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This is a discussion on Ammo storage cabinet within the Ammo Dump forums, part of the Firearm Forum category; Originally Posted by Charlie_K I don't have anything fancy like most of the people in this thread. I keep most of my ammo in two ...


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Old November 26th, 2019, 10:09 PM   #46
 
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Originally Posted by Charlie_K View Post
I don't have anything fancy like most of the people in this thread. I keep most of my ammo in two latching footlocker-sized plastic storage boxes you might see strapped down in the back of a pickup truck.
Same here. Rubbermaid Action Packer. I can put a small padlock in each of the two end latches to secure the contents.



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Old November 27th, 2019, 05:01 AM   #47
 
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I'm using ammo cans packed into a spare closet at the moment, but I'm considering a Jobbox like what you can buy down at Home Depot. You can find them second hand for abut $150 or so. Will be sturdy, somewhat secure, and hold quite a bit.
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Old November 27th, 2019, 06:34 AM   #48
 
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I have always used ammo cans and metal cabinets. But ever since the last ammo shortage we all experienced a few years ago, I have also included the metal job-box.
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Old November 27th, 2019, 07:02 AM   #49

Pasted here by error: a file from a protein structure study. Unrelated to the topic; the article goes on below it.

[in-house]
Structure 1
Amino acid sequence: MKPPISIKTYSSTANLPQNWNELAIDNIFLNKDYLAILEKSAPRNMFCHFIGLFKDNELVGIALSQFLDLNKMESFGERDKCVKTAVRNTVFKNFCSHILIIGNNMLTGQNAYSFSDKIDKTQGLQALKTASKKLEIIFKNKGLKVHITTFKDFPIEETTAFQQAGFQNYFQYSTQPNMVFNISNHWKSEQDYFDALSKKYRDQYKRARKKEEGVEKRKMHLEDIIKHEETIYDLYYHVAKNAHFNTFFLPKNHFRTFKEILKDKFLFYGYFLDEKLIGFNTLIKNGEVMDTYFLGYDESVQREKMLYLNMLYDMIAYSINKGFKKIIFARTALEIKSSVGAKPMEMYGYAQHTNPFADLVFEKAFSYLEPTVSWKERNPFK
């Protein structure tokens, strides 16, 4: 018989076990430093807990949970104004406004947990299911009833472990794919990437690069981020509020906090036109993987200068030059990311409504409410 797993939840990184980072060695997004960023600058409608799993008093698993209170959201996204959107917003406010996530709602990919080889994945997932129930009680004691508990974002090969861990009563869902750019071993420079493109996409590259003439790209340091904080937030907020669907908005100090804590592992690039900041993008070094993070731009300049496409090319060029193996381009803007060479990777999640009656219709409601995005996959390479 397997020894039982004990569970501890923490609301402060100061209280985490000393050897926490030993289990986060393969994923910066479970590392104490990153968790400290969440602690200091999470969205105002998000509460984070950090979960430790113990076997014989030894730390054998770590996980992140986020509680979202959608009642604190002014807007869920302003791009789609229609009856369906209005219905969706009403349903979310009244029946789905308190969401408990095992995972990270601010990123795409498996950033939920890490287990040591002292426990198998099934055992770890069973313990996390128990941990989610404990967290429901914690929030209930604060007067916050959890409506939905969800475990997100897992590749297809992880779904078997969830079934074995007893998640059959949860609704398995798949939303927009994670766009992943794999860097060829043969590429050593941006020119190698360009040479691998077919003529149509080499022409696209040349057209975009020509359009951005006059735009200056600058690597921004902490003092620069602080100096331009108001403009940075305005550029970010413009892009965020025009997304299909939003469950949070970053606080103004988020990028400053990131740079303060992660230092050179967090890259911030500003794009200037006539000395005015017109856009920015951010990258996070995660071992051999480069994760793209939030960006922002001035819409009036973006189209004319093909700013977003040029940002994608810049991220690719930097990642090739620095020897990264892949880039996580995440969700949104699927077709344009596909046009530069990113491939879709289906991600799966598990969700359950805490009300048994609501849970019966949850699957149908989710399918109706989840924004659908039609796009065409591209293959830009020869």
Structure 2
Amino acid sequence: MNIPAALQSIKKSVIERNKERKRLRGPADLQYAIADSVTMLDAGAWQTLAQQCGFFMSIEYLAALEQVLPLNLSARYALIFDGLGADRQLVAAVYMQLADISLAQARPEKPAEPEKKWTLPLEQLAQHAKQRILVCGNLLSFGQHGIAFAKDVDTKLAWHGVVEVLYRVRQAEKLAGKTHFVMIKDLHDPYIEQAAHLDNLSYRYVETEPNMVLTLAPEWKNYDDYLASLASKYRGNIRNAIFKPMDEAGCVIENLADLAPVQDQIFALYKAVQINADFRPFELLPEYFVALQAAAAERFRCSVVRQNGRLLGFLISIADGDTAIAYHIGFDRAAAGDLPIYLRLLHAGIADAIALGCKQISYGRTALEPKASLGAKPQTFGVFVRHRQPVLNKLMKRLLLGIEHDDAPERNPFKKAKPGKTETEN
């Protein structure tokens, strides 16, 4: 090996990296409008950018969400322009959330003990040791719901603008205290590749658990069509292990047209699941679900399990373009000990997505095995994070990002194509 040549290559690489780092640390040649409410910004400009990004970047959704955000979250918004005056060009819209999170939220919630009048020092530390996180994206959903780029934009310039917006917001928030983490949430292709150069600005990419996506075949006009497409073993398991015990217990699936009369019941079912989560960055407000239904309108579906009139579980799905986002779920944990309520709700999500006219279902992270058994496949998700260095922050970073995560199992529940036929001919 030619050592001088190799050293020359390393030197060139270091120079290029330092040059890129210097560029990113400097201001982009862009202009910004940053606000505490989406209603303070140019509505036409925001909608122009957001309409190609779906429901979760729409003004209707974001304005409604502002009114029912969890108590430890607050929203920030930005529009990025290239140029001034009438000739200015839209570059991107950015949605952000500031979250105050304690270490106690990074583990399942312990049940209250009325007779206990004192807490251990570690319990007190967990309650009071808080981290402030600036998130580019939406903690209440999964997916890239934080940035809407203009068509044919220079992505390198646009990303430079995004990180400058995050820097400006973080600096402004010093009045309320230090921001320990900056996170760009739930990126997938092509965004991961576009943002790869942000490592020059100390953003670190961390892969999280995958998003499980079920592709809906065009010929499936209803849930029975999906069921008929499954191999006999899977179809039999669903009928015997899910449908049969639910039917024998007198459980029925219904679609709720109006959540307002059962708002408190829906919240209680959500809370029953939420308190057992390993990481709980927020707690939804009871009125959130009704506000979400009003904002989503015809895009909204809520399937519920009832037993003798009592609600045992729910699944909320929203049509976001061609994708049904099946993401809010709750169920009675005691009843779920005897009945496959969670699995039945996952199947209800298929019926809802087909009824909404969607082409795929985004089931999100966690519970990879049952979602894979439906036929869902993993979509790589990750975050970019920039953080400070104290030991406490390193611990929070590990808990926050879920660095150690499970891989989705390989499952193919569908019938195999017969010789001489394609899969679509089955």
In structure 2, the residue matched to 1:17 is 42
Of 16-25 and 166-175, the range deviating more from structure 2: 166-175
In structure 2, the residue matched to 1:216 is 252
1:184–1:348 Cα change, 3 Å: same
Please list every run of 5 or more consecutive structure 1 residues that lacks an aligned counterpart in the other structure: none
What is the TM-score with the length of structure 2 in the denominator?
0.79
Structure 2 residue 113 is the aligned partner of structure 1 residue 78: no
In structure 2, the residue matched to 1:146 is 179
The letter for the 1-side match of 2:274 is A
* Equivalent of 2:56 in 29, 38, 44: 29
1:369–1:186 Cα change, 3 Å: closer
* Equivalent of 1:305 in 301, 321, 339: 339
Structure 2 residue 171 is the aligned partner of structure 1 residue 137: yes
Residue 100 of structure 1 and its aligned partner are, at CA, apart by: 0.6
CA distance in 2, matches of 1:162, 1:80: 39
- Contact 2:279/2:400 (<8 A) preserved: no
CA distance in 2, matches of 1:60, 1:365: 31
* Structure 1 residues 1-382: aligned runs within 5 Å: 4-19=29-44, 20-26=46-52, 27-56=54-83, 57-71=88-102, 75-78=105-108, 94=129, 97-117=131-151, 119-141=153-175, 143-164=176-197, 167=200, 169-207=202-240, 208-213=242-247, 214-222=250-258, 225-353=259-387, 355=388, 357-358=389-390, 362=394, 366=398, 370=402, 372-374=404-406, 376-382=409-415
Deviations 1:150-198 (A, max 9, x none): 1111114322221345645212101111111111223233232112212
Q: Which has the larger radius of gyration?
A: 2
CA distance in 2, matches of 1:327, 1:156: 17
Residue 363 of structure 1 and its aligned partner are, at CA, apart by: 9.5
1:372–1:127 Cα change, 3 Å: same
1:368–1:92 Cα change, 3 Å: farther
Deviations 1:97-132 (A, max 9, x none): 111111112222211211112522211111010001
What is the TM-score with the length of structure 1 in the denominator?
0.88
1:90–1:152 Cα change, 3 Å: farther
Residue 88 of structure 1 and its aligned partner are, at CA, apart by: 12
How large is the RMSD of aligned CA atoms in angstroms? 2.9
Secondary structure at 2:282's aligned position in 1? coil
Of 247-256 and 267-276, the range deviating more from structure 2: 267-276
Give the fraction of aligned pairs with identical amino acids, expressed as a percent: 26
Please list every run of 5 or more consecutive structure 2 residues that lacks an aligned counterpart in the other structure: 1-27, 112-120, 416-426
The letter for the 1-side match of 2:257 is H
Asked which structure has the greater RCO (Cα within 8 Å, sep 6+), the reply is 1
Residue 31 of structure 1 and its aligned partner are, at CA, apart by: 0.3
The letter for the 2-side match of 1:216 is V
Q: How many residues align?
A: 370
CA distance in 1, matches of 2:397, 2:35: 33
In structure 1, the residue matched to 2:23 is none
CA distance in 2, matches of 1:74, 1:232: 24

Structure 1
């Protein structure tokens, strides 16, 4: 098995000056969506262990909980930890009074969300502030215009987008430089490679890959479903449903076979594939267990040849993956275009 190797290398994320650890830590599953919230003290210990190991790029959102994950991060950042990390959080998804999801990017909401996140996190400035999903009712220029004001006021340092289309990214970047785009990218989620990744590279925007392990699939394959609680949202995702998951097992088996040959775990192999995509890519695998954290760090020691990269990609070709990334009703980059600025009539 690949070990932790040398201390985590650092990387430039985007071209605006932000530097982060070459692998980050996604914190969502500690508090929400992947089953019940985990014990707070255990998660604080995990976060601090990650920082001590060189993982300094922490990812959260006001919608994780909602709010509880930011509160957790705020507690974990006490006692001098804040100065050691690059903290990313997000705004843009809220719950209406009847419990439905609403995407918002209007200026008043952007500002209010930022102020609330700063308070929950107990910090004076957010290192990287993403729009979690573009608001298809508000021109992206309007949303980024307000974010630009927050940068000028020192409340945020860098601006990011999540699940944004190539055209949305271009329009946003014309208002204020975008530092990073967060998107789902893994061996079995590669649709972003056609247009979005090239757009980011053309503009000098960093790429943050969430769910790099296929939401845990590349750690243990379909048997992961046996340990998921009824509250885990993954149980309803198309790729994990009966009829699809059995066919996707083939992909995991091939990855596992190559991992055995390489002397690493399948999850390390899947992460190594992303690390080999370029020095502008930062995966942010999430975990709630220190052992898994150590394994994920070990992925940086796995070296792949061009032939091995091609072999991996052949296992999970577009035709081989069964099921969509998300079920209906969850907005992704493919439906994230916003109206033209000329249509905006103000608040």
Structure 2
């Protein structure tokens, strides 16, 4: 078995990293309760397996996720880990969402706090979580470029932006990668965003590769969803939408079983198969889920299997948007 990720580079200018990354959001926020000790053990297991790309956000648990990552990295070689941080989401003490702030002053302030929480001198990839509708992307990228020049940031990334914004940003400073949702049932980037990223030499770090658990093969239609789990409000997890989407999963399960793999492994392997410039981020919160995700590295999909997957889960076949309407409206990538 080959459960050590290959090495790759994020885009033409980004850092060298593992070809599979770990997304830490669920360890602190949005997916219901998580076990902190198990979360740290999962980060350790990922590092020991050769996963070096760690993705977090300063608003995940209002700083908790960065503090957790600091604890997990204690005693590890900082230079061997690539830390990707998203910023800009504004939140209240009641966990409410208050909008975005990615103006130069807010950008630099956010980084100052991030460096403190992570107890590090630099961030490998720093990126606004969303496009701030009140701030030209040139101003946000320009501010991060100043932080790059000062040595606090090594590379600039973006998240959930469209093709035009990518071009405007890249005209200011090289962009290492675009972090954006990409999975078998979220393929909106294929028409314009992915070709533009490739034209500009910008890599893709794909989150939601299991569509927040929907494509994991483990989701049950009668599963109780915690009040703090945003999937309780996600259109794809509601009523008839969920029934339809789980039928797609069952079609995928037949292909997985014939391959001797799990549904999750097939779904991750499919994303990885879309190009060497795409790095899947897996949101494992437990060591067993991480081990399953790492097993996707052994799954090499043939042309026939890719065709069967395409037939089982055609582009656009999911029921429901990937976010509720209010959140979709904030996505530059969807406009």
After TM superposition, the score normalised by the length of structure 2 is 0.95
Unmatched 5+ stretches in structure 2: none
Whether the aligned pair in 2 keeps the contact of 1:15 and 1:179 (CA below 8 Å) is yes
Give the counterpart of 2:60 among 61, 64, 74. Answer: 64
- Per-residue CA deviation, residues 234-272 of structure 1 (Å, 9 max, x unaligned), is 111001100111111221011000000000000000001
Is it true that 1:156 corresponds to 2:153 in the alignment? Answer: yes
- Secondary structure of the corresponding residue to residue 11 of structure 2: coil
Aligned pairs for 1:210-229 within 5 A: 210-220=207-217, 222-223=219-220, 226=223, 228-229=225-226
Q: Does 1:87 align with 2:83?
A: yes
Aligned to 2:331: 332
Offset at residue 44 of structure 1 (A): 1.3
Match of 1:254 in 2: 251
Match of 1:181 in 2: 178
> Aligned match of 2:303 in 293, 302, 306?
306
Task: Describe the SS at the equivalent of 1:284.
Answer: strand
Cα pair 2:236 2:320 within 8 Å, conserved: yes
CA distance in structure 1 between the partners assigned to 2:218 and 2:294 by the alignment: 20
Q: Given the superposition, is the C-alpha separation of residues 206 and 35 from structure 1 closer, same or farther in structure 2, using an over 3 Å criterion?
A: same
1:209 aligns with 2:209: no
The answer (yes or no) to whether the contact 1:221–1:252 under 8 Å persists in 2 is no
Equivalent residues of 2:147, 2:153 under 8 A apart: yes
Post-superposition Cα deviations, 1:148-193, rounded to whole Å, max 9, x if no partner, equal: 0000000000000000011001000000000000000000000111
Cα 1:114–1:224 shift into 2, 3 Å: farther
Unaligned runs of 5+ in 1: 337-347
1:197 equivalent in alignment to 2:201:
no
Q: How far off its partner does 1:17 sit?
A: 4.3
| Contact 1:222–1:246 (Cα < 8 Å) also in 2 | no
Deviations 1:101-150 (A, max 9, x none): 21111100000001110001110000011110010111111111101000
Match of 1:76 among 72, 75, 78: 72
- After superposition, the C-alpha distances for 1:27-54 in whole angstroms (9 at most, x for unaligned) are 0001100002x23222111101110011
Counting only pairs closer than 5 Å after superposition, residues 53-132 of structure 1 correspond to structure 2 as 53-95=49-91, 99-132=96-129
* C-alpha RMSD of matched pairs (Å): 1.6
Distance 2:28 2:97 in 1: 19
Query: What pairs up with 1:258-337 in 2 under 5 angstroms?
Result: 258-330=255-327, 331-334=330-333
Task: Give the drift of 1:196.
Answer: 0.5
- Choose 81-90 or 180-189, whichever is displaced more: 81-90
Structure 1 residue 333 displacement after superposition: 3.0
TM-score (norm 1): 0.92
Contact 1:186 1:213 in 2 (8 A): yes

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Same here. Rubbermaid Action Packer. I can put a small padlock in each of the two end latches to secure the contents.


Whatever you store ammo in make sure you can lift it.

I use ammo cans specifically so I can toss the ammo out the backdoor in the event of a fire.

It’s a shame Obama destroyed the can supply because they were always a cheap durable no brainer method of storage.


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Old November 27th, 2019, 08:57 AM   #50
 
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Extra heavy duty 4 drawer filing cabinets from a business I used to run. All have locks.Not for stiopping breakin but enough to keepthem away from my 7 grandchildren. 4 0f whom are walking but too young to undrstand why not to touch.
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Old November 28th, 2019, 09:16 PM   #51
 
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...I use ammo cans specifically so I can toss the ammo out the backdoor in the event of a fire...